Those who provide care for family members with lymphoma are vital members of the healthcare team. Most caregivers do not have formal training and rely to a great degree on what they learn from the healthcare team. The following principles should serve as a guide to some of the things caregivers need from healthcare professionals.
Caregivers should make notes during conversations with doctors, nurses and pharmacists. They must ask the healthcare professionals to repeat what they have been told to confirm that what they heard is what the doctor indeed meant.
Caregivers need to know how and when to communicate with the healthcare team. The team must provide the numbers where they can be reached: office, answering service, perhaps pager, fax and e-mail address. The doctor should also tell the caregiver what to do when the doctor or on-call doctor cannot be reached.
There is no such thing as an inappropriate question. Write down any questions that arise and present them at the next opportunity. It is better to ask a question than to assume anything.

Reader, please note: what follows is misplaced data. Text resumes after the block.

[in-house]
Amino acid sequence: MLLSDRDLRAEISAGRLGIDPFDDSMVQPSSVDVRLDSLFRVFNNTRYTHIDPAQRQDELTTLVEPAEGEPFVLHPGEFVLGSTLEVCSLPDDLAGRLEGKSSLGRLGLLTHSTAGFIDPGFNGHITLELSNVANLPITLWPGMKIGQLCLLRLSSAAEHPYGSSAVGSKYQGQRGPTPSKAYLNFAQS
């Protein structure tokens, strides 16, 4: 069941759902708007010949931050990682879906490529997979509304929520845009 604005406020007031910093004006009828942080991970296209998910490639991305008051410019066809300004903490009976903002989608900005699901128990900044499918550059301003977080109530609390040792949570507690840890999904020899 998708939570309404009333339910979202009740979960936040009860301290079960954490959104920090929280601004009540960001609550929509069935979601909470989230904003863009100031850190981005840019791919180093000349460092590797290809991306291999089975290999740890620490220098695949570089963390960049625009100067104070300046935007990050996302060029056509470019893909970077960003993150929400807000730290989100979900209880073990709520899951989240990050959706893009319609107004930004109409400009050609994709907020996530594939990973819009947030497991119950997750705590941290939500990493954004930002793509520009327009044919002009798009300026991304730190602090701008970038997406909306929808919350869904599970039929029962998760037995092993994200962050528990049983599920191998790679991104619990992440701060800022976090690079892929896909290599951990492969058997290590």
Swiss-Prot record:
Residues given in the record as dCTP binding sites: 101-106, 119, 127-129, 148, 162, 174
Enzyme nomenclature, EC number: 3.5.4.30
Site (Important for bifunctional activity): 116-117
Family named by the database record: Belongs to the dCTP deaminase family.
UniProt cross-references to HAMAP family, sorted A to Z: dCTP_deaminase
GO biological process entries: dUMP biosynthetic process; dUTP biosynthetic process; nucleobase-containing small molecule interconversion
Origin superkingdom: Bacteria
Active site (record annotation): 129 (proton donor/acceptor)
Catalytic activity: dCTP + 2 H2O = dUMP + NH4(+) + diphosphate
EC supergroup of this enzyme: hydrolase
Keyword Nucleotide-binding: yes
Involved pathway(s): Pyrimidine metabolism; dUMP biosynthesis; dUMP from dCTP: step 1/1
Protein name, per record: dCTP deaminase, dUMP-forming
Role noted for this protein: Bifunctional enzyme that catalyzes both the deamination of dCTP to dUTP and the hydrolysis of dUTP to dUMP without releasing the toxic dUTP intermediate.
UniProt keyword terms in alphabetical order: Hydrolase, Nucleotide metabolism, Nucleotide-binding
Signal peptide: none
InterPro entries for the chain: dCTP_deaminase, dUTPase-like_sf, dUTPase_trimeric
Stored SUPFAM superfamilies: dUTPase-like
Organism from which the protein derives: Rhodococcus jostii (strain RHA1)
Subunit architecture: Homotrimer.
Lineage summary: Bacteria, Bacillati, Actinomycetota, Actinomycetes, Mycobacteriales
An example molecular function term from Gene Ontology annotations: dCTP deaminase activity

The healthcare team should let the caregiver know what constitutes an emergency and provide instructions about what to do and whom to notify.
The healthcare team should provide the caregiver with an understanding of the patient’s current physical and emotional condition in terms that you can understand.
The healthcare team should tell the caregiver about any changes that can be anticipated in the foreseeable future. This reduces the likelihood of needless caregiver concern when predicted changes do occur.
The healthcare team should provide the caregiver with a list of what side effects to look for. The healthcare team should indicate when the medications should be given and tell the caregiver to request prescription refills before the weekend.